Currencies. Valuation

Twice a year, we try to calculate the "fair value" of the main currencies, just to get the flavor of what's going on. Our model takes different data into account: PPP, expected inflation, expected interest rates, etc. However, we are not considering monetary policies. We hope we will value their effects instead.

We have just finished this year's first valuation and the results are understandable, but in certain cases surprising.

Let's start with the Swiss franc and Norwegian krone. Both currencies are used as safe havens, therefore we have to pay a premium to own them. For the first one, the premium is around 20%, and for the NOK, close to 13%. This is the reason we prefer to hold NOKs instead of CHFs. Due to the enormous money printing Switzerland is doing, what last year was a fair cross, now it seems overvalued.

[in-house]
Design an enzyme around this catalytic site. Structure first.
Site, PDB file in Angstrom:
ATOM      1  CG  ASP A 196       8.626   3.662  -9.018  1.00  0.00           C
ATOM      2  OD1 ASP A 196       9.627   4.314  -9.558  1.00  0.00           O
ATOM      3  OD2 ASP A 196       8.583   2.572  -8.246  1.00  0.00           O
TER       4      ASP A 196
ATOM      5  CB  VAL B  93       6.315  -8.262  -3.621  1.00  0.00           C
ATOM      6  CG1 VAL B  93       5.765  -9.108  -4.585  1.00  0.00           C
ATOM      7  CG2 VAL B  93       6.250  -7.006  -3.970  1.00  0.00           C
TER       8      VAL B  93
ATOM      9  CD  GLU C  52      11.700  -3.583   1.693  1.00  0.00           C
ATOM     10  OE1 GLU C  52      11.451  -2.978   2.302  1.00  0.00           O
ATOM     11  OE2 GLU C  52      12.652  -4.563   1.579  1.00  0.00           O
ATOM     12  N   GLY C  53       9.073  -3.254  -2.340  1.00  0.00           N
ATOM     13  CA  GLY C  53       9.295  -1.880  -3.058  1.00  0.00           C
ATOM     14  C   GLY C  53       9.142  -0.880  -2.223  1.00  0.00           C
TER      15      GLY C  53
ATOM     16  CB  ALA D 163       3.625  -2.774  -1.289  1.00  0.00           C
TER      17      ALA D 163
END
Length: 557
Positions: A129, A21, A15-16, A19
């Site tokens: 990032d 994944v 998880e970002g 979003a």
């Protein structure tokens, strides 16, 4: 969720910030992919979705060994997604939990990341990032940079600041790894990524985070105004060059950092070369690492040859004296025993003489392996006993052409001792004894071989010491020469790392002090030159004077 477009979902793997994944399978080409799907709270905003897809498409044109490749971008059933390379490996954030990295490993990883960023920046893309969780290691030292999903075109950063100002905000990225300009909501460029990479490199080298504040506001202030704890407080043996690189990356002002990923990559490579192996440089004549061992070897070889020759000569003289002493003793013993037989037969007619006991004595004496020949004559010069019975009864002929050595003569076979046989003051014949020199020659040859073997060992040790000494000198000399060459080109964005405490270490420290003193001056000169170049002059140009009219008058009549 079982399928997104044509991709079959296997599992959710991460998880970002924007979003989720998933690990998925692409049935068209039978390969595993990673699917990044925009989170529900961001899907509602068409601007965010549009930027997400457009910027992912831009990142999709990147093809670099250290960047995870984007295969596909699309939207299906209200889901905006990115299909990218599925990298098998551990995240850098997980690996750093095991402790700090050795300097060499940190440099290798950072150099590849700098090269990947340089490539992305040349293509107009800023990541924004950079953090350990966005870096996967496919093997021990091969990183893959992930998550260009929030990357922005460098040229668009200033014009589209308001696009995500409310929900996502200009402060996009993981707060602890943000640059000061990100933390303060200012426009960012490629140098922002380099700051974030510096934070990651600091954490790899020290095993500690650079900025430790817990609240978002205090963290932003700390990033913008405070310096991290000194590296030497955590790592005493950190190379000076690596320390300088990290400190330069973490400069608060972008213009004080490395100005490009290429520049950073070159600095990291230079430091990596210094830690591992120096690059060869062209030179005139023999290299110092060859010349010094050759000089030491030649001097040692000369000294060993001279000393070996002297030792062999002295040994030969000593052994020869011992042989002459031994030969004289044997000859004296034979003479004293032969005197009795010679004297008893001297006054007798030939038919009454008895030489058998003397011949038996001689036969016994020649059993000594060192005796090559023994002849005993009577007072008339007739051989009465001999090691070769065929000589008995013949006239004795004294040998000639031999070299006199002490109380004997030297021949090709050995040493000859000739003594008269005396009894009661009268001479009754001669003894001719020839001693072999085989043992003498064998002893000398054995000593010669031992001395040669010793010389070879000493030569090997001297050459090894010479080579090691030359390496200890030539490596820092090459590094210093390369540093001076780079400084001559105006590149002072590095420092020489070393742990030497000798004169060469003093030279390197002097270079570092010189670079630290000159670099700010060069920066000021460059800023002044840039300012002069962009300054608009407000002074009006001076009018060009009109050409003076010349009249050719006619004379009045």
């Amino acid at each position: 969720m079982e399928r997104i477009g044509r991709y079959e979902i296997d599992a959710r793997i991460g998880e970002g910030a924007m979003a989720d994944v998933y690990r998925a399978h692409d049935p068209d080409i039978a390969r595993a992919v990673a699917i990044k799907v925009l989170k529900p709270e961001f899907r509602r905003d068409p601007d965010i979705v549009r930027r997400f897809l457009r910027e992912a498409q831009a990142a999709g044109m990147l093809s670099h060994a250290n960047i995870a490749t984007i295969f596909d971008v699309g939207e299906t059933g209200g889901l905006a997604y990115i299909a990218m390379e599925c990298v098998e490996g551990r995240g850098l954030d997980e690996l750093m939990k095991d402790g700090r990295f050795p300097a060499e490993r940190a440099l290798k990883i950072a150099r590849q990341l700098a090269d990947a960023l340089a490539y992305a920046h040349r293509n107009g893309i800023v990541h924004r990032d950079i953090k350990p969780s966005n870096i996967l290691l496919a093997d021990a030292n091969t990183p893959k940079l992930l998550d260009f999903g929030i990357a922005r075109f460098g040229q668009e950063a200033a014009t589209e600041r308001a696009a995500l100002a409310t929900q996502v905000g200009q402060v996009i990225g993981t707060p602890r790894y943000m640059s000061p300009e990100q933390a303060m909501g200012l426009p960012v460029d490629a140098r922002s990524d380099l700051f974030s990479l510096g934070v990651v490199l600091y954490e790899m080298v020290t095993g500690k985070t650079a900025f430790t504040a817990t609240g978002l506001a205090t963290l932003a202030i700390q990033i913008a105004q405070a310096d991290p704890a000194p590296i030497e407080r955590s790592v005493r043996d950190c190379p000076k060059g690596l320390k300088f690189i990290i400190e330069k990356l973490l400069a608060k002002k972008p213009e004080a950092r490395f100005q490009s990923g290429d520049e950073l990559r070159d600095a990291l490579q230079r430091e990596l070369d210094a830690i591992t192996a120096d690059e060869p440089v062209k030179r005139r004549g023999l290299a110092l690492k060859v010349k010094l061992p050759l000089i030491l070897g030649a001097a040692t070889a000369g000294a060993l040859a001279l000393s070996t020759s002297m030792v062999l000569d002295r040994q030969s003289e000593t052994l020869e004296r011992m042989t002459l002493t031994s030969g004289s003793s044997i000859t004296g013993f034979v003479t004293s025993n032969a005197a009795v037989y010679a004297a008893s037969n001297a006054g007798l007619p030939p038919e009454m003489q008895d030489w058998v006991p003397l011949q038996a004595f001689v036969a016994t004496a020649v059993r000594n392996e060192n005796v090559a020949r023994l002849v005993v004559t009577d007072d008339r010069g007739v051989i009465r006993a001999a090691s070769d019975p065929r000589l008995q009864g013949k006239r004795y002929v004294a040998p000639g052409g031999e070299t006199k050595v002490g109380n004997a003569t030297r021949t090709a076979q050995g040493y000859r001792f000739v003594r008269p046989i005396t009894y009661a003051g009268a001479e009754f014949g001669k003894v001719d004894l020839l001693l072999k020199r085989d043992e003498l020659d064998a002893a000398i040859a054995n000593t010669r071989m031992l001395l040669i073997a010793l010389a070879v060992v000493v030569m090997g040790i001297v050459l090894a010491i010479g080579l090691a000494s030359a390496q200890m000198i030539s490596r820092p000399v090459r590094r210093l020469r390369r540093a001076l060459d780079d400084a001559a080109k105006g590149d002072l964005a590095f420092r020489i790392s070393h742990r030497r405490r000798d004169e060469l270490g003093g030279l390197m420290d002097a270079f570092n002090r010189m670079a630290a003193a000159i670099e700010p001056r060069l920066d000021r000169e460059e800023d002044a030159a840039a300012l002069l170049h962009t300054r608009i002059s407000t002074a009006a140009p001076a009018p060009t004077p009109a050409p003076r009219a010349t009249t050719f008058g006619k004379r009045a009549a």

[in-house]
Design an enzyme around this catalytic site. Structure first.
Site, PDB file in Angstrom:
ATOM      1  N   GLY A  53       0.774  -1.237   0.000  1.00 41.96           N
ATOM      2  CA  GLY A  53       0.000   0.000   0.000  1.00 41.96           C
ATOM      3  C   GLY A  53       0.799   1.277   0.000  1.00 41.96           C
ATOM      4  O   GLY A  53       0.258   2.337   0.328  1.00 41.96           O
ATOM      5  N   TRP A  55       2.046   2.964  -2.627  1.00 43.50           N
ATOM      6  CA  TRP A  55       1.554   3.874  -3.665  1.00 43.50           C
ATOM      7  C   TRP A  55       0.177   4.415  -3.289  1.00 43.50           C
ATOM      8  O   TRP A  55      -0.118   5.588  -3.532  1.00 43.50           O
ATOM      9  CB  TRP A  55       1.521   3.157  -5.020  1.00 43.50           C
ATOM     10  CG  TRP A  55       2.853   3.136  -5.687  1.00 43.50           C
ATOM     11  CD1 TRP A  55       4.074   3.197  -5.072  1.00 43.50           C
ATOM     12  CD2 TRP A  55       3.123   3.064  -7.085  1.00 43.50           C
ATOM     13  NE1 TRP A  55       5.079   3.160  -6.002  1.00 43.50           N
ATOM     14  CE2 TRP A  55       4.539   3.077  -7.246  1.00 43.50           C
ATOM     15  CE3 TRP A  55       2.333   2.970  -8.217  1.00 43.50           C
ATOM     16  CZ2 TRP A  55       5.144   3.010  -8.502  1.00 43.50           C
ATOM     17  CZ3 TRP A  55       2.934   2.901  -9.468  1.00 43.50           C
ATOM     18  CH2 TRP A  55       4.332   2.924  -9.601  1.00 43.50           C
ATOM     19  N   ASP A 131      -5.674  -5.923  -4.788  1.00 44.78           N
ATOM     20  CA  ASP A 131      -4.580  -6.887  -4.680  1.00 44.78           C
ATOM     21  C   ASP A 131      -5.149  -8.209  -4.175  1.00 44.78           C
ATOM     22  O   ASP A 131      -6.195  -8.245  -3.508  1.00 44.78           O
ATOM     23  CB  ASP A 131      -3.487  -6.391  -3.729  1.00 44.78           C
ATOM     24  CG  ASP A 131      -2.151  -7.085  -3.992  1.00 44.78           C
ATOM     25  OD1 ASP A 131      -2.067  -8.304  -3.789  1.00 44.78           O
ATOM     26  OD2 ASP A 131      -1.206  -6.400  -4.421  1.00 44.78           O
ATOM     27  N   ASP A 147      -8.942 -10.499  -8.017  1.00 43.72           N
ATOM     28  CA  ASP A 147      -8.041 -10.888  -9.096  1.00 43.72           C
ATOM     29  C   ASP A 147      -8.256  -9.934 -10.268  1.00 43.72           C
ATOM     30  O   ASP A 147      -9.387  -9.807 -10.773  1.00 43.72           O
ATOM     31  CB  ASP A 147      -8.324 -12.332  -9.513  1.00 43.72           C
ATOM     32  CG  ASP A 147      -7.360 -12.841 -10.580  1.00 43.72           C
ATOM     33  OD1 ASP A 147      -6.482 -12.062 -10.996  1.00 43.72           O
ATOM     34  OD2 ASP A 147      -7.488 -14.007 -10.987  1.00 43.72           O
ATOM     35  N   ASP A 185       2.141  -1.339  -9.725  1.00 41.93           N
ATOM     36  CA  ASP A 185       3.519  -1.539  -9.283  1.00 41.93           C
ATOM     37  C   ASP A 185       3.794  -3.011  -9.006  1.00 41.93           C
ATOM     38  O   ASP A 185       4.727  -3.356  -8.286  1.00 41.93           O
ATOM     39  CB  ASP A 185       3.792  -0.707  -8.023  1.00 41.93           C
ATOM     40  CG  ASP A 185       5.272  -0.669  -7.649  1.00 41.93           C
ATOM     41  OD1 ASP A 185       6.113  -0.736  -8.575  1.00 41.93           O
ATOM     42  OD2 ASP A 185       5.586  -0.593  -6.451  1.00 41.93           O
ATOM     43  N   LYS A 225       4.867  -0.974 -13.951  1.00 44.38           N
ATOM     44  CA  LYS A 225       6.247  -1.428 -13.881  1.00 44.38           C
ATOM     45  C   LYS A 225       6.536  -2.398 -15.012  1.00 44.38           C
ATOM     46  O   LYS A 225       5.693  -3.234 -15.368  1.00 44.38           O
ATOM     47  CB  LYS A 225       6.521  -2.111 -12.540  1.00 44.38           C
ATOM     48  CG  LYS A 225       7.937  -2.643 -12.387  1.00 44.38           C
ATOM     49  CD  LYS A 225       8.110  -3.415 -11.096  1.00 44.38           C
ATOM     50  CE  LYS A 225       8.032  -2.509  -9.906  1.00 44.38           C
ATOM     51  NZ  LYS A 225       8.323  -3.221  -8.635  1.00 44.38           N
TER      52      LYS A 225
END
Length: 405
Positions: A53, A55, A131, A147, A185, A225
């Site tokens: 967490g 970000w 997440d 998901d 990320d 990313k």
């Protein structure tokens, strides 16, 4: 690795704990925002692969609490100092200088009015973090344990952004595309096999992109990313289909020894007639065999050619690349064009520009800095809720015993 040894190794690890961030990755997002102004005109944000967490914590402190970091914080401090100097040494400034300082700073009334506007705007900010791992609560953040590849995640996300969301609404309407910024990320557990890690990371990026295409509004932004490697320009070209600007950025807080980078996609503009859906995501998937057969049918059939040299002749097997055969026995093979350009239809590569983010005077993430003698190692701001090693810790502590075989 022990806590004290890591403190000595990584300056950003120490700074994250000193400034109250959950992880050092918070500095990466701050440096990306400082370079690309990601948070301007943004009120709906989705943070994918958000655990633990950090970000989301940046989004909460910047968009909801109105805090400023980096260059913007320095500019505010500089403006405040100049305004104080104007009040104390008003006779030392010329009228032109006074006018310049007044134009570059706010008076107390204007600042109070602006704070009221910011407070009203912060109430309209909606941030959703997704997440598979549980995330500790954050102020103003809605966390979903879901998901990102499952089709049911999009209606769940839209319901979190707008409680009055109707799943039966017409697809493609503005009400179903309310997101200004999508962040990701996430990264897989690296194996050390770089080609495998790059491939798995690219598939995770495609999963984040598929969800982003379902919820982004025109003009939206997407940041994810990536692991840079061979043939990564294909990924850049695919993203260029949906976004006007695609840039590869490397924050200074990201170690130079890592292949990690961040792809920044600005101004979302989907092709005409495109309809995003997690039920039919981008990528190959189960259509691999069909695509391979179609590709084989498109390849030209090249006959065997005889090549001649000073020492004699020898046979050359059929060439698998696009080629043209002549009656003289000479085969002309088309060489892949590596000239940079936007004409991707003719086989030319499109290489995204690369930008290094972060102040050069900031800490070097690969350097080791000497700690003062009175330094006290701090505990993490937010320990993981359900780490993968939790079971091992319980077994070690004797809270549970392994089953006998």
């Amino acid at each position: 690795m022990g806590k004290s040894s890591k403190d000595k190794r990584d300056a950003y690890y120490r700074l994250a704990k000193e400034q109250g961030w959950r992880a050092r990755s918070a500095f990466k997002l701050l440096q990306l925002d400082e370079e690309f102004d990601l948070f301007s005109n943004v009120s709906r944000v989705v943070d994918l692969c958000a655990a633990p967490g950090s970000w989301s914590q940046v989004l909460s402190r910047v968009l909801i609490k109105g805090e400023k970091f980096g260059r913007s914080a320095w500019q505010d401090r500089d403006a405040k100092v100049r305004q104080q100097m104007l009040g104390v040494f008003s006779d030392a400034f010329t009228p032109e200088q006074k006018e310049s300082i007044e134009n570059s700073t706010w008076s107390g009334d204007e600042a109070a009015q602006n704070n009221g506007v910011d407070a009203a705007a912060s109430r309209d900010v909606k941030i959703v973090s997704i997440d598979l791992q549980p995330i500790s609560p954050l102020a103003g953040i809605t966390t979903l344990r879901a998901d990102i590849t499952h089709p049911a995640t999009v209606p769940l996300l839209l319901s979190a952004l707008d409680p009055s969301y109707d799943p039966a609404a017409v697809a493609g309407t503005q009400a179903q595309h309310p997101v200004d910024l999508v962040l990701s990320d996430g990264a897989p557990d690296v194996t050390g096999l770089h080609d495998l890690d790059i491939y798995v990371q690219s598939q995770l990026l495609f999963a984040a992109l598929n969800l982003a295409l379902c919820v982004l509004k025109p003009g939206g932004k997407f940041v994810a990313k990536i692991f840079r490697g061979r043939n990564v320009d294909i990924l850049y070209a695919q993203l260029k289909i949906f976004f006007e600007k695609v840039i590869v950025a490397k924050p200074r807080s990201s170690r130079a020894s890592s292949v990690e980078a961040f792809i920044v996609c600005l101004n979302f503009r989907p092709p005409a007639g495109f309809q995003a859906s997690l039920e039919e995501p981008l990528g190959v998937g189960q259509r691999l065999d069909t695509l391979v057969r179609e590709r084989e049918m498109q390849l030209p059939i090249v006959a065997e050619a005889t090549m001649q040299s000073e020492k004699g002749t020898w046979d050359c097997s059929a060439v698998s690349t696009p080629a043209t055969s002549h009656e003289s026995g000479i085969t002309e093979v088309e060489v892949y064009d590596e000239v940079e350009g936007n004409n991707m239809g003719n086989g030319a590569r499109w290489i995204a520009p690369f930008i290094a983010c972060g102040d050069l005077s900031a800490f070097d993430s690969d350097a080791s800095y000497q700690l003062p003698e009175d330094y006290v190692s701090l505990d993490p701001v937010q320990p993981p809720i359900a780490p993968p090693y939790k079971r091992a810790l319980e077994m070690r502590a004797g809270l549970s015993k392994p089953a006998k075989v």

For the rest, in general, the euro appears expensive: with the British pound around 19%, with the Canadian dollar 11%, with the Aussie 7%, and with the USD 6%. So, good options to keep our foreign cash could be CAD and AUD.

We are not so worried about the EURUSD cross, because it somehow seems controlled within a range. When everyone was saying that Europe was going to disappear and the EURUSD was going to reach the parity, we advised to wait. Now, the opposite could be happening.

Last, the yen. According to our model, EURJPY should trade close to 95. Instead, it's playing around 125. It's a big difference and bad news for loan owners in yens. However, this is a statistical model. If for whatever reason Japan is unable to maintain its present situation with all the manipulation (a bet that many are taking into serious consideration), the model will not be useful and the EURJPY will tend to go much higher.